Our experience affects how we perceive images. For example, we associate objects that are physically higher with higher data values. So if one object is in front of another, as determined by depth cues, then we think it must have a greater data value. One depth clue is occlusion, so in the image below where the black square occludes the white square, we consider the black square to have a higher value.
Large areas may be associated with the background and thought to have lower values. Here is an example where the high data values, given by bright blue, may be perceived as being in the background, and thus having lower data values.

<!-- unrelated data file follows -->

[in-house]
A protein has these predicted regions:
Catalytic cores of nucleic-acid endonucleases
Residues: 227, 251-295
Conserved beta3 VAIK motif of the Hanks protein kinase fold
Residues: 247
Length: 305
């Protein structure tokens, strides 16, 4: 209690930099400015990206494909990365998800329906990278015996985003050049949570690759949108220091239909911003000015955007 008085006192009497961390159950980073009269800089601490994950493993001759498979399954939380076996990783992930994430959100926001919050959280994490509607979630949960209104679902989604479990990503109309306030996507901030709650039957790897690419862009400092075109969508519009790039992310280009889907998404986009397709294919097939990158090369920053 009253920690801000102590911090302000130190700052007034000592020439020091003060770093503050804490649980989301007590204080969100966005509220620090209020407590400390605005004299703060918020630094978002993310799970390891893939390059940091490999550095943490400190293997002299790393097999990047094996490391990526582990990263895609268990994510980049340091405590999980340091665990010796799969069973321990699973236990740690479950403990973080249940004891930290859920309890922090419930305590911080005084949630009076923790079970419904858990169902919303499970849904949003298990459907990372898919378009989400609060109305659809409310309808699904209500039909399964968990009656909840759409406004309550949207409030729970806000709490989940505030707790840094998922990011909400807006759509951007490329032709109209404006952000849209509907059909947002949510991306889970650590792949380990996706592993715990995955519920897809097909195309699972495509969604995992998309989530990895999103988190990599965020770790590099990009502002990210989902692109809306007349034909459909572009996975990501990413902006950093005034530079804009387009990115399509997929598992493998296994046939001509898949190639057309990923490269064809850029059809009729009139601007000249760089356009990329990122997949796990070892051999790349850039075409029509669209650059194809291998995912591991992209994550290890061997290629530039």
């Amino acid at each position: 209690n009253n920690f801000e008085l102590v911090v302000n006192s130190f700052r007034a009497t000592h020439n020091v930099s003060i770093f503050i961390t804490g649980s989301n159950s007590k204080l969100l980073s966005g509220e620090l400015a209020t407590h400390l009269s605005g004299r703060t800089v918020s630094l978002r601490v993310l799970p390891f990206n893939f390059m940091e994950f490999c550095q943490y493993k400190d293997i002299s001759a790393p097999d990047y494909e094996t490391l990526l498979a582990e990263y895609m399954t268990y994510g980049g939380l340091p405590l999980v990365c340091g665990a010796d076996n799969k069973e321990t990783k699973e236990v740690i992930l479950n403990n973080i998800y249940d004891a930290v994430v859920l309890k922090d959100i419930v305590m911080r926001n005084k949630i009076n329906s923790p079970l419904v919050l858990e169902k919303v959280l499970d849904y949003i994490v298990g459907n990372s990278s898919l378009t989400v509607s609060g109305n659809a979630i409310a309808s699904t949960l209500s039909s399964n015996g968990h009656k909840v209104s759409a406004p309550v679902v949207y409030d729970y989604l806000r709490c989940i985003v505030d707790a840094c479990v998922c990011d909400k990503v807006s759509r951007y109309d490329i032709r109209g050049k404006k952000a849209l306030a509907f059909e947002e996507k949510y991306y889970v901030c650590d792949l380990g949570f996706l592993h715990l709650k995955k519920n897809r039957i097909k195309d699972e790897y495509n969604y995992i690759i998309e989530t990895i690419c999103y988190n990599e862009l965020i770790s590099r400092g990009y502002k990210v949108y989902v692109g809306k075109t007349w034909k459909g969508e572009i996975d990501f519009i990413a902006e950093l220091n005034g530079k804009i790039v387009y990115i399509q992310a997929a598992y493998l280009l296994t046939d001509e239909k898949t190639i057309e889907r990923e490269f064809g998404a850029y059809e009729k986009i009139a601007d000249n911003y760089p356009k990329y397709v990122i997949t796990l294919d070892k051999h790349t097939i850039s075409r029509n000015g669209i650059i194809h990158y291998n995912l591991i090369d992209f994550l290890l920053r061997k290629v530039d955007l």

Another problem is the introduction of apparent discontinuities in continuous data by the use of pseudocolor. Here is an example of using the rainbow color scale for data display creates distinct regions that are false. Note that this is the same data as the previous image.
Brightness contrast affects the perception of hue. In the image below, the gray circle on the left appears to be darker than the (identical) circle on the right.
Last modified on February 11, 1999, G.
Scott Owen, firstname.lastname@example.org
Main Perception Issues Page
HyperVis Table of Contents